STIR FRIED SHANGHAI BABY BOK CHOY WITH CHILES AND GARLIC
1 pound Shanghai bok choy, or other baby bok choy (about 10 heads)
3 tablespoons peanut oil
4 cloves garlic, peeled, bruised with the flat side of a heavy knife until juicy, and coarsely chopped into 3 or 4 chunks
¼ teaspoon salt
1 or 2 fresh Holland chiles or other hot, fresh red long chiles (such as Fresno, cherry bells, cayennes, Anaheims, huachinangos, jalapenos or serranos) stemmed and sliced on the diagonal into thin pieces
1. Remove any bruised or withered outer leaves from the bok choy . Trim 1/8 inch from the bottom of each bok choy, then cut each head into quarters (if the bok choy are very small, halve them or, if they are tiny, leave them whole). Wash the bok choy in several changes of cold water and dry them in a colander or salad spinner until they are dry to the touch.
2. In a wok, 12 inch skillet, Dutch oven or soup pot (any pot large and wide enough to comfortably hold the greens will do), heat the oil over medium high heat. When its hot but not smoking – it should appear shimmery – add the garlic, salt and chiles. Saute, stirring, until the garlic just begins to lose its rawness, about 1 minute. (Try not to let the garlic turn golden or brown, which would give this dish an inappropriate roasted taste).
3. Add the greens. Raise the heat slightly and immediately begin to vigorously stir-fry the greens around the pot. Continue to vigorously stir-fry the greens until they just begin to go limp but the leaves remain a spring green color and the stems are still crunchy-crisp, about 3 minutes. Taste for salt, adding only a pinch more if necessary (a little salt goes a long way with greens).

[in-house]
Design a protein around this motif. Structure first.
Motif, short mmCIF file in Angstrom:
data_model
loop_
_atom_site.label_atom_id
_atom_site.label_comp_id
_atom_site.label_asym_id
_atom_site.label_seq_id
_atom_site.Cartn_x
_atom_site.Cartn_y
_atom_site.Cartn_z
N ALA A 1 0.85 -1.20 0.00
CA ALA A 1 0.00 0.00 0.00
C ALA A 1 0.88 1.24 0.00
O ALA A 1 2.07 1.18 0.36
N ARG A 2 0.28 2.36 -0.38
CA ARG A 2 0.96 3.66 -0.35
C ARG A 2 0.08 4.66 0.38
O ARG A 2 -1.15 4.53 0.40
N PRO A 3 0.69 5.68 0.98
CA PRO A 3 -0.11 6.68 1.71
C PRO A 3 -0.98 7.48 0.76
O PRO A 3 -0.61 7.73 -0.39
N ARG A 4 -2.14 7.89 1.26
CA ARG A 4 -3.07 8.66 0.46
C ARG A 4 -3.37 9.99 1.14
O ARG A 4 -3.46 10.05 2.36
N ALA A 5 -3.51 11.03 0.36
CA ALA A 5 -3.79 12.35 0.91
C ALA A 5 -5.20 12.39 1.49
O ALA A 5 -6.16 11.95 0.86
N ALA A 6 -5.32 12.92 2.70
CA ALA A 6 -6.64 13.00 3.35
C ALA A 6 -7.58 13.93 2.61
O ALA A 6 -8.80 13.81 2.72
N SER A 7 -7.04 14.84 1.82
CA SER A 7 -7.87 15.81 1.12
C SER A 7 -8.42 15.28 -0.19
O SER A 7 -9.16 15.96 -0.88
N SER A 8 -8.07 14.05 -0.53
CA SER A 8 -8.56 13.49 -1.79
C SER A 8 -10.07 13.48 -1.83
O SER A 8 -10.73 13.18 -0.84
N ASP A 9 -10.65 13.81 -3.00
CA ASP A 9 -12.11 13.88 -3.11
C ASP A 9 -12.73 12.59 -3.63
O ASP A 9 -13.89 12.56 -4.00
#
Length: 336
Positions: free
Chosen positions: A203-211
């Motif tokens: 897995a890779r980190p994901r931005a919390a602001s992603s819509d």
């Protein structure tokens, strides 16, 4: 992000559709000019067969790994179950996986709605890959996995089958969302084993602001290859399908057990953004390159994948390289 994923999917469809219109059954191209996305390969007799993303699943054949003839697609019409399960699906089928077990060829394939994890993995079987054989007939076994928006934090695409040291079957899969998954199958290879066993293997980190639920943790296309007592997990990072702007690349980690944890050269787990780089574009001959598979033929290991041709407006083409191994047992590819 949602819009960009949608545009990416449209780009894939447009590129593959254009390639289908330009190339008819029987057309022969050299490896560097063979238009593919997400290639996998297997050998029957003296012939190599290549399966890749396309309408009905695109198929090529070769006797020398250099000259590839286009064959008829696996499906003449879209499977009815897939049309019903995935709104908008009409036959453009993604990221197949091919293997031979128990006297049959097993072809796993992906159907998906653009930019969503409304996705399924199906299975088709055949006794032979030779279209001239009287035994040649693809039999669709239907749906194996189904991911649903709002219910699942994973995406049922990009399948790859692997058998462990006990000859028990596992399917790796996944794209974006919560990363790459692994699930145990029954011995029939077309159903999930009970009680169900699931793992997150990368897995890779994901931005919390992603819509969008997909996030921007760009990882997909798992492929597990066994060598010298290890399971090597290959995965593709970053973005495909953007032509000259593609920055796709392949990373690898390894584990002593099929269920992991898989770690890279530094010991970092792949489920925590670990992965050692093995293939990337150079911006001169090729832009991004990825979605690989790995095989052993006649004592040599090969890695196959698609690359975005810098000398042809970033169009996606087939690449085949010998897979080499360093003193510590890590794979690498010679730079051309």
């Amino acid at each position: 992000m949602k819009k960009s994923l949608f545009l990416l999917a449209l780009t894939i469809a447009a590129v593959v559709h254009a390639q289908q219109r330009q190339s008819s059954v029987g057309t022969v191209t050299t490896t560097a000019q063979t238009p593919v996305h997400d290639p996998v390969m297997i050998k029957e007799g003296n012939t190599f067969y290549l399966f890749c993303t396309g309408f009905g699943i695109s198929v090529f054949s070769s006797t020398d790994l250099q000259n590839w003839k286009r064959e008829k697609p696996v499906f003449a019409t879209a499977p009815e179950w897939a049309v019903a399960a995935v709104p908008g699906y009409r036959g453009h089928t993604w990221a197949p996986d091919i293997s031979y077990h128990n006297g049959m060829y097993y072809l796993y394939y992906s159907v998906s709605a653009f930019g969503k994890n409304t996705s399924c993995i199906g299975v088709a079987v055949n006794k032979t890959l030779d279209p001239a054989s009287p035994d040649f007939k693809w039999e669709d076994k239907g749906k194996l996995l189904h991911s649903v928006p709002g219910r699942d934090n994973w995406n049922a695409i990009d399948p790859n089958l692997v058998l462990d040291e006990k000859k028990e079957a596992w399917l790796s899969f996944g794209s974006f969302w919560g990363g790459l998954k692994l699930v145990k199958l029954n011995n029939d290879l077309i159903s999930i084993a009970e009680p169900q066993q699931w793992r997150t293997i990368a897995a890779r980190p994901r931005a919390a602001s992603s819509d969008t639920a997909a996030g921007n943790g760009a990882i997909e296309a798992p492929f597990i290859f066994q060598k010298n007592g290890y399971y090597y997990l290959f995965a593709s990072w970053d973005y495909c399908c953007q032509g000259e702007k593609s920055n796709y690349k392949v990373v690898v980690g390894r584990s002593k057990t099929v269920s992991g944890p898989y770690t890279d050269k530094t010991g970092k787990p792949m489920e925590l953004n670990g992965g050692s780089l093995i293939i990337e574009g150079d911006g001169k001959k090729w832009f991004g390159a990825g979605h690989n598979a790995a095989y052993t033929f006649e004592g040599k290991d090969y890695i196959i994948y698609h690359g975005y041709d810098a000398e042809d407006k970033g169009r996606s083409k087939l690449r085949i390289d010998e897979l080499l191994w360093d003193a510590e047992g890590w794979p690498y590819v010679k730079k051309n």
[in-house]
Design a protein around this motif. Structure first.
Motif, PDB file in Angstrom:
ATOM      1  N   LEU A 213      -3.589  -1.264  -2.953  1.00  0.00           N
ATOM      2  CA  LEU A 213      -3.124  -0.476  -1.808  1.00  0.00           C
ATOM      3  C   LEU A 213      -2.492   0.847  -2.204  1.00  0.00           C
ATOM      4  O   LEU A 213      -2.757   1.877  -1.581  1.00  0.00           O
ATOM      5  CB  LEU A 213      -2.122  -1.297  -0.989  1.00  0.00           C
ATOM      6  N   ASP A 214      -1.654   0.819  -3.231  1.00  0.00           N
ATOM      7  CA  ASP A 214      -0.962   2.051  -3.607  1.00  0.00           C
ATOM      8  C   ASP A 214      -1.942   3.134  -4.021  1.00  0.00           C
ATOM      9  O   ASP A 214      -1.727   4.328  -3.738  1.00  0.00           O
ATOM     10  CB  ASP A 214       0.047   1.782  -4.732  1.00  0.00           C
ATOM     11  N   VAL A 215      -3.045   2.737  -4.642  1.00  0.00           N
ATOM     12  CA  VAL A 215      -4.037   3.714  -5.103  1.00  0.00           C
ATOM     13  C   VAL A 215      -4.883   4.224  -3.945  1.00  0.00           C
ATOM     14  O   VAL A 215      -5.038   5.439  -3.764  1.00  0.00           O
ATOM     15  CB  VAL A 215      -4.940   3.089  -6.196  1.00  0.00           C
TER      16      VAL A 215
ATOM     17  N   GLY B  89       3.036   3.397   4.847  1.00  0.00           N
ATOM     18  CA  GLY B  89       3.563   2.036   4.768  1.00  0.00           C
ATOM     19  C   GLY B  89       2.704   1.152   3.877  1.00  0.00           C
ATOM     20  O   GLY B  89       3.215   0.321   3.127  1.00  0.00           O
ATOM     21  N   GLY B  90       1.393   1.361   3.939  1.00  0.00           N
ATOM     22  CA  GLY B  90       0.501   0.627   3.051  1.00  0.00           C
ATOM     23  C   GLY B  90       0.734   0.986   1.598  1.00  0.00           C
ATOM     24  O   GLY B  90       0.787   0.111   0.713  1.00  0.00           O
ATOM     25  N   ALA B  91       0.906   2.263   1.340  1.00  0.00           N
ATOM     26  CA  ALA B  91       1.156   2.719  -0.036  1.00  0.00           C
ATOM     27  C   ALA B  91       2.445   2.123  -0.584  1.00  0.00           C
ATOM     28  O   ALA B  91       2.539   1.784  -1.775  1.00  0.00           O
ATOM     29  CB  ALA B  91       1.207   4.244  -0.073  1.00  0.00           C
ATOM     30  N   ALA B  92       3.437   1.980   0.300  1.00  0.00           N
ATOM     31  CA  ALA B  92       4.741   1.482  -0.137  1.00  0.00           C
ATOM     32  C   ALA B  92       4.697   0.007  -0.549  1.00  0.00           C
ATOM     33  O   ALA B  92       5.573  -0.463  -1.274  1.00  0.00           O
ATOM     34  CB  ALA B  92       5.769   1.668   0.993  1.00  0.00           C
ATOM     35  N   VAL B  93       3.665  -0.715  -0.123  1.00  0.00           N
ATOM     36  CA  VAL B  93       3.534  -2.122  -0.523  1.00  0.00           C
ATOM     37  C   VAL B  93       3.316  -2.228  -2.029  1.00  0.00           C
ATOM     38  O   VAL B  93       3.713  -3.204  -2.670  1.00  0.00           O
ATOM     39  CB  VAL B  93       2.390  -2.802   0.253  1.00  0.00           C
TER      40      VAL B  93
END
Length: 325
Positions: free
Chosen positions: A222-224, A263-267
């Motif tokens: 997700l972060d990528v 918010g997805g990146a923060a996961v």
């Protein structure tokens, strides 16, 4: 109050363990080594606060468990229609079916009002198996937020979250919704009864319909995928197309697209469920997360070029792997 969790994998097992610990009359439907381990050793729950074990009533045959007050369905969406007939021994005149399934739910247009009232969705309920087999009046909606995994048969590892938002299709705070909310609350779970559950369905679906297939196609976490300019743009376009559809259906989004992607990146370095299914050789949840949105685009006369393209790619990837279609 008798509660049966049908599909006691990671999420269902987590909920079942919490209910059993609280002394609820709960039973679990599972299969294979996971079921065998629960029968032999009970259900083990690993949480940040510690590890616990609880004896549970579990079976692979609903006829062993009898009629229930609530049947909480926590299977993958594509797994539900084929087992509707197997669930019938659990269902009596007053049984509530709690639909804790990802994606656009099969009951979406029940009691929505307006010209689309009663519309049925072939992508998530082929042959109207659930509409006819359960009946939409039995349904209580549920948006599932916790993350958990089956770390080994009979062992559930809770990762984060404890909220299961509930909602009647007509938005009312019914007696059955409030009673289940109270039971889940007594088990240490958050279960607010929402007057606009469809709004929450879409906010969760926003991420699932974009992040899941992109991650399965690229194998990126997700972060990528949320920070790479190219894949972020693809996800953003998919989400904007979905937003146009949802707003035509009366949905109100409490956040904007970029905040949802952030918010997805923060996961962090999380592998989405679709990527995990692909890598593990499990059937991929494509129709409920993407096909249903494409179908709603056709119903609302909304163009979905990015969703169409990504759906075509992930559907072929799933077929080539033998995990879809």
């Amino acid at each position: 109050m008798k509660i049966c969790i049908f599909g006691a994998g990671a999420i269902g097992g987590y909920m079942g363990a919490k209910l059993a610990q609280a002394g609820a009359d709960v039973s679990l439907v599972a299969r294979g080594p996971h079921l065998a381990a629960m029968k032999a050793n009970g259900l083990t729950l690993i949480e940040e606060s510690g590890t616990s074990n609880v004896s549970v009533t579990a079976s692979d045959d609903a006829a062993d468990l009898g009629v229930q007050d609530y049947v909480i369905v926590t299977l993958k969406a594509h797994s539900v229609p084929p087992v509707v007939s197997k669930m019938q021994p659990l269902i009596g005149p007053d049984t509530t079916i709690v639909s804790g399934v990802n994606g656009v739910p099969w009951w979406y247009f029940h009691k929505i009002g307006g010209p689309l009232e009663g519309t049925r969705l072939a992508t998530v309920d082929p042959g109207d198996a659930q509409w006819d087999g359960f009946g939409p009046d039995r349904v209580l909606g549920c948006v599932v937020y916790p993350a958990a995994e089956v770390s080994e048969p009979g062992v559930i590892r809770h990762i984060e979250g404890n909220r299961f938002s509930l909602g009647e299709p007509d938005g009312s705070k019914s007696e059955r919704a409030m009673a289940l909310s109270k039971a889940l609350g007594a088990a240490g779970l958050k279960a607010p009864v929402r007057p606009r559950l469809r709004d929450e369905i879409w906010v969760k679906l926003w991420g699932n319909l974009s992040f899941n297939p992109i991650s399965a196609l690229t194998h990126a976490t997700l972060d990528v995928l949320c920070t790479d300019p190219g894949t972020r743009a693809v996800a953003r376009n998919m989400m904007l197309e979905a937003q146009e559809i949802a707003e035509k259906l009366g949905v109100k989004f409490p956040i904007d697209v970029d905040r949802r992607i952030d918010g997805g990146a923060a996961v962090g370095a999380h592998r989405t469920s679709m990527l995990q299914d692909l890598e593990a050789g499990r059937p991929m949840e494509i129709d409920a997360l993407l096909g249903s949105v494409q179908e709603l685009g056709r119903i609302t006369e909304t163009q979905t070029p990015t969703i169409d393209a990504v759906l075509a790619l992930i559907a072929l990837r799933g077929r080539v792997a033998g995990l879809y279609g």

4. Transfer greens to a large serving platter and serve promptly. Be careful not to pile the greens in a small bowl. They will continue to cook for several minutes after they’re removed from the heat, and crowding them in a small bowl may cause them to overcook and become mushy.
NOTE: Holland chiles (also called Dutch or finger chiles) are the primary hot pepper used in Indonesian cooking. They are ruby red in color and glossy skinned, with narrow, fingerlike bodies that end in sharp points. They’re about four inches long (sometimes longer, but rarely shorter) and a half inch in diameter at their thickest point. They have juicy, sweet-tasting flesh and tight, waxy skin that keeps them from spoiling quickly. Holland chiles vary from mildly hot to scorching, but they lose much of their pungency when cooked. They-re available year-round in North America, generally imported from the Netherlands.
adapted from James Oseland, Cradle of Flavor: Home Cooking from the Spice Islands of Indonesia, Malaysia and Singapore